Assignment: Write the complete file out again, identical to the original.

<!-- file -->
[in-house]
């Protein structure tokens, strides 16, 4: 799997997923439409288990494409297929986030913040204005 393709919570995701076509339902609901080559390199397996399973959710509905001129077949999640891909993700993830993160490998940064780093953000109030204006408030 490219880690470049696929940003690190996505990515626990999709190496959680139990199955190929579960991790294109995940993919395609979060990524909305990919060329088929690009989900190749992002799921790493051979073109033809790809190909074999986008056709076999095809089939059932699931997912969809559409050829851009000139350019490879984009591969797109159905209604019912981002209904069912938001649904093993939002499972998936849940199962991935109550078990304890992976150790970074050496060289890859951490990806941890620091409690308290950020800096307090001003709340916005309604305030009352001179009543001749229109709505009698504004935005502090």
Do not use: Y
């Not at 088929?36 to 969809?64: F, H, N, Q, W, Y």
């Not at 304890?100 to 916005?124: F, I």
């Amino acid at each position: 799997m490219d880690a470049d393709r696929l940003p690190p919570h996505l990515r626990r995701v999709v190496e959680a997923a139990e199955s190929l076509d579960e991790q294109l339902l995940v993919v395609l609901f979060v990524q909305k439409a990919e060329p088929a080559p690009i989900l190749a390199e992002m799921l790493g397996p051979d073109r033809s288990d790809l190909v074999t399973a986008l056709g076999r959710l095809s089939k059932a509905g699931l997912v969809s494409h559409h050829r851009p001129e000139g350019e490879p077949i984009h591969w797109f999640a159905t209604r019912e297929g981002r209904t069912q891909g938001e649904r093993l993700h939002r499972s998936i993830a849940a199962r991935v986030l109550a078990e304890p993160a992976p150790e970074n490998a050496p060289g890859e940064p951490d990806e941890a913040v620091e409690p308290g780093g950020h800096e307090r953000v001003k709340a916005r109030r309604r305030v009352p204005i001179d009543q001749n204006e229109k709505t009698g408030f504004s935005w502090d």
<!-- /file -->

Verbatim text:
[in-house]
């Protein structure tokens, strides 16, 4: 799997997923439409288990494409297929986030913040204005 393709919570995701076509339902609901080559390199397996399973959710509905001129077949999640891909993700993830993160490998940064780093953000109030204006408030 490219880690470049696929940003690190996505990515626990999709190496959680139990199955190929579960991790294109995940993919395609979060990524909305990919060329088929690009989900190749992002799921790493051979073109033809790809190909074999986008056709076999095809089939059932699931997912969809559409050829851009000139350019490879984009591969797109159905209604019912981002209904069912938001649904093993939002499972998936849940199962991935109550078990304890992976150790970074050496060289890859951490990806941890620091409690308290950020800096307090001003709340916005309604305030009352001179009543001749229109709505009698504004935005502090």
Do not use: Y
């Not at 088929?36 to 969809?64: F, H, N, Q, W, Y």
């Not at 304890?100 to 916005?124: F, I």
């Amino acid at each position: 799997m490219d880690a470049d393709r696929l940003p690190p919570h996505l990515r626990r995701v999709v190496e959680a997923a139990e199955s190929l076509d579960e991790q294109l339902l995940v993919v395609l609901f979060v990524q909305k439409a990919e060329p088929a080559p690009i989900l190749a390199e992002m799921l790493g397996p051979d073109r033809s288990d790809l190909v074999t399973a986008l056709g076999r959710l095809s089939k059932a509905g699931l997912v969809s494409h559409h050829r851009p001129e000139g350019e490879p077949i984009h591969w797109f999640a159905t209604r019912e297929g981002r209904t069912q891909g938001e649904r093993l993700h939002r499972s998936i993830a849940a199962r991935v986030l109550a078990e304890p993160a992976p150790e970074n490998a050496p060289g890859e940064p951490d990806e941890a913040v620091e409690p308290g780093g950020h800096e307090r953000v001003k709340a916005r109030r309604r305030v009352p204005i001179d009543q001749n204006e229109k709505t009698g408030f504004s935005w502090d």